Watch what you eat. Some foods amplify the stress response. These include:

• Caffeine stimulates the release of stress hormones. This increases heart rate, blood pressure, and oxygen
flow to the heart. Ongoing exposure to caffeine can
harm the tissue of the heart.

• Refined sugar and processed flour are depleted of
needed vitamins. In times of stress, certain vitamins
help the body maintain the nervous and endocrine

• Too much salt can lead to excessive fluid retention.
This can lead to nervous tension and higher blood
pressure. Stress often adds to the problem by causing
increased blood pressure.
• Smoking not only causes disease and shortens life, it
leads to increased heart rate, blood pressure, and

• Alcohol robs the body of nutrients that it might
otherwise use for cell growth and repair. Alcohol also
harms the liver and adds empty calories to the body.

• Eat more complex carbohydrates. (Examples
include fruits, vegetables, whole breads, cereals, and
beans.) This is especially important during times of
high stress.

• Get moving. The human body was designed to be
physically active. However, in most jobs today, people
sit most of the time. They hardly move at all, except
when it is time for coffee breaks or lunch. When faced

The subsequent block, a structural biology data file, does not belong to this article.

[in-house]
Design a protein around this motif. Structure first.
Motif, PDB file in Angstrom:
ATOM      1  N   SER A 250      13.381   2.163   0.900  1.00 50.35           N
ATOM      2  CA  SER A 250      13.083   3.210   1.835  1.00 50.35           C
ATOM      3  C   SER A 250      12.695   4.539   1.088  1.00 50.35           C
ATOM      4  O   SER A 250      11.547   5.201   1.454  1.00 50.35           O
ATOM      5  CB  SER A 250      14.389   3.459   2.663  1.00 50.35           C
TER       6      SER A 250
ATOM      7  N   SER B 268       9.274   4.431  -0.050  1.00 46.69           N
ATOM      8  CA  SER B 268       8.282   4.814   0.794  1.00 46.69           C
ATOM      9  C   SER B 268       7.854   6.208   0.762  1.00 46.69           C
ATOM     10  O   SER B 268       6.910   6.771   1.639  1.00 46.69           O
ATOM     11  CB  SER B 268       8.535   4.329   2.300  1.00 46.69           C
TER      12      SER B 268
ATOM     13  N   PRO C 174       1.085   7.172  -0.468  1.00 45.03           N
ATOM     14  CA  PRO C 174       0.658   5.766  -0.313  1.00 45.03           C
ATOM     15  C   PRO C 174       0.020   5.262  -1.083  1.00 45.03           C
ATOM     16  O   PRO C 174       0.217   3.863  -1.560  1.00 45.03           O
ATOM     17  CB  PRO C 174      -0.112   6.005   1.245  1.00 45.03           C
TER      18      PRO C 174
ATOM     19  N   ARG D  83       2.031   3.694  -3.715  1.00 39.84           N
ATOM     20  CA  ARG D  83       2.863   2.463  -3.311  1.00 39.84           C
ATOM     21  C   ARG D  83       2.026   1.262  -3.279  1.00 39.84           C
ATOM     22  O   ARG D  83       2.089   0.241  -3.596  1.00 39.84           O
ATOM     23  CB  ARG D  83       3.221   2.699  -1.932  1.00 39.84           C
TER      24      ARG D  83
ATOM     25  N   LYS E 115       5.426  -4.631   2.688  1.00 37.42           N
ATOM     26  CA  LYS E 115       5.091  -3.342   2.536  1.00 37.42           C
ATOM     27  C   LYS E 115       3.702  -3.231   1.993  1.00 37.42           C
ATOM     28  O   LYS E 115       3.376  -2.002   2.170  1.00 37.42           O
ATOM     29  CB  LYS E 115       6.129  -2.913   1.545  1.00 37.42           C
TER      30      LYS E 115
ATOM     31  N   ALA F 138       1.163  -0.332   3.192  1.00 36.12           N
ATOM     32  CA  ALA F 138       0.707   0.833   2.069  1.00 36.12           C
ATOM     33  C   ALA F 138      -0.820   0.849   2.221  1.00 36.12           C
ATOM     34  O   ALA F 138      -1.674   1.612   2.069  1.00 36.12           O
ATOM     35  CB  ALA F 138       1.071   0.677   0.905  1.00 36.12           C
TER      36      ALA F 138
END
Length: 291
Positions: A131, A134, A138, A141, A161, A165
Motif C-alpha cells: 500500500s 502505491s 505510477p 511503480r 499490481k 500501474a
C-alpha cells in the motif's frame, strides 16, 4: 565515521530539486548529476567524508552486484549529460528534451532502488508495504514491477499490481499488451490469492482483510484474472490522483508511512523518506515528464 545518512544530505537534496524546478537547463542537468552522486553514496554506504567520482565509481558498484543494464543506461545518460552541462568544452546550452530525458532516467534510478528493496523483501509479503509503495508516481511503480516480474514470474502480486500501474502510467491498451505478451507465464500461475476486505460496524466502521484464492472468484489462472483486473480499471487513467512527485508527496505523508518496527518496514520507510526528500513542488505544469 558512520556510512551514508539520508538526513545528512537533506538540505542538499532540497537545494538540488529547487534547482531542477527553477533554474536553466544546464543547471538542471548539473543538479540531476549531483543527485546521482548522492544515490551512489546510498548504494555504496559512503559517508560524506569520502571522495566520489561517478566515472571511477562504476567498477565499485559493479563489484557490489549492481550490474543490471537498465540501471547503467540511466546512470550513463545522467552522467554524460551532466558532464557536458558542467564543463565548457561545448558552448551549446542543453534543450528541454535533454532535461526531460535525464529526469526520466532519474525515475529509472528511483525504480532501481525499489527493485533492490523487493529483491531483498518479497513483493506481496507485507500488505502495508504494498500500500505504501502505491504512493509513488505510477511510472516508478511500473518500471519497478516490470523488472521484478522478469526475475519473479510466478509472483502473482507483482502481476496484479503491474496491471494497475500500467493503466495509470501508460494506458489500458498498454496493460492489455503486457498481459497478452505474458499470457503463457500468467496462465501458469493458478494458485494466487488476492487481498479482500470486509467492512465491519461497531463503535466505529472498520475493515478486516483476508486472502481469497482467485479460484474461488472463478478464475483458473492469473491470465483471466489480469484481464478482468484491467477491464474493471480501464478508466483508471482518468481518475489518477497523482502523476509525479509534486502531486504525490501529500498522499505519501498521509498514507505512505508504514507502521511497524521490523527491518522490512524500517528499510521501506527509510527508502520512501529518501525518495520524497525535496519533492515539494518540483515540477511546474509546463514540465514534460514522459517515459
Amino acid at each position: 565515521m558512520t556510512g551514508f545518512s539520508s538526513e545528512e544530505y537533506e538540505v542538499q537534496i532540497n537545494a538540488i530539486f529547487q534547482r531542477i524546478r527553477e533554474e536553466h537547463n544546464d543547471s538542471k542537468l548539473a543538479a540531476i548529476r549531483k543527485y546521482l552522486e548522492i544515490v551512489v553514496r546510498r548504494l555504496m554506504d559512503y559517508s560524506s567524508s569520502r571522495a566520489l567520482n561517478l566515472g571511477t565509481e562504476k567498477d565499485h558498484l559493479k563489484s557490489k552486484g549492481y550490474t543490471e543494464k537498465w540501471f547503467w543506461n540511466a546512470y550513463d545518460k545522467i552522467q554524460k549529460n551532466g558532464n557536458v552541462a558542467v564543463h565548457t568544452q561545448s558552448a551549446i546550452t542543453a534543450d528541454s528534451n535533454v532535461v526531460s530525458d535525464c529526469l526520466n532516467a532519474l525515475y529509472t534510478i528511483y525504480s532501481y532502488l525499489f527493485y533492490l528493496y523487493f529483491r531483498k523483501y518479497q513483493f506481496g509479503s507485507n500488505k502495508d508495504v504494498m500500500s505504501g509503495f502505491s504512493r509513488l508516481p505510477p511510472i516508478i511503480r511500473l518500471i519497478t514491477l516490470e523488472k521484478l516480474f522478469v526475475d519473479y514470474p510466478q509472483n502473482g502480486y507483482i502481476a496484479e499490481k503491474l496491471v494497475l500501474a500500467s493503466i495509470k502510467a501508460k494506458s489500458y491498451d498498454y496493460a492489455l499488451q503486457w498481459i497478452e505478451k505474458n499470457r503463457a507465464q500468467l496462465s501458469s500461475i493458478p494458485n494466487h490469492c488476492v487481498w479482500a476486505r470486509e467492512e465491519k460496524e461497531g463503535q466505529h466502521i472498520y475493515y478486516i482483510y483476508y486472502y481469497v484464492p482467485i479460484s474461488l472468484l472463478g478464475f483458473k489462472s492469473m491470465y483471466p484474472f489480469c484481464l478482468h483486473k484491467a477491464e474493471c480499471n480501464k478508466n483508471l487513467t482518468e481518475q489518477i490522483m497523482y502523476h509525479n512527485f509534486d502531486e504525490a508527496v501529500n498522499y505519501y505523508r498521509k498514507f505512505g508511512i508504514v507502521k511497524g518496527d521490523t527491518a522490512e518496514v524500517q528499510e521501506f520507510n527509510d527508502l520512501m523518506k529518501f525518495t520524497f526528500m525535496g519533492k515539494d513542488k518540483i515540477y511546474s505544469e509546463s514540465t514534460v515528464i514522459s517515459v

with stressors, we respond with our minds, not our
bodies. It is no wonder that many of us have a difficult
time responding to stressful events.
Exercise is one of the simplest and most effective
ways to respond to stress. Activity provides a natural
release for the body during its fight-or-flight state of
arousal. After exercising, the body returns to its normal
state of equilibrium, and one feels relaxed and

• Look for ways to let go of tension and anxiety.
Meditation and progressive relaxation are two valuable
ways to regenerate and refresh yourself. You can purchase meditation and relaxation audiotapes or record your own. This is especially important because your health and long life depend on minimizing stress
and achieving a sense of balance and well-being.


Cunningham, J. Barton. The Stress Management Sourcebook. Los Angeles, CA: Lowell House, 1997.

Hanson, Peter G. The Joy of Stress. Kansas City, MO:
Andrews & McMeel, 1985.

Hanson, Peter G. Stress for Success. New York: Doubleday, 1989.

Cloud. Integrity: The Courage to Meet the Demands of Reality – How Six Essential Qualities Determine Your Success in Business. New York: Harper Collins, 2006

Johnson, Spencer, Blanchard, Ken. One Minute Manager. New York: William Morrow, 2000.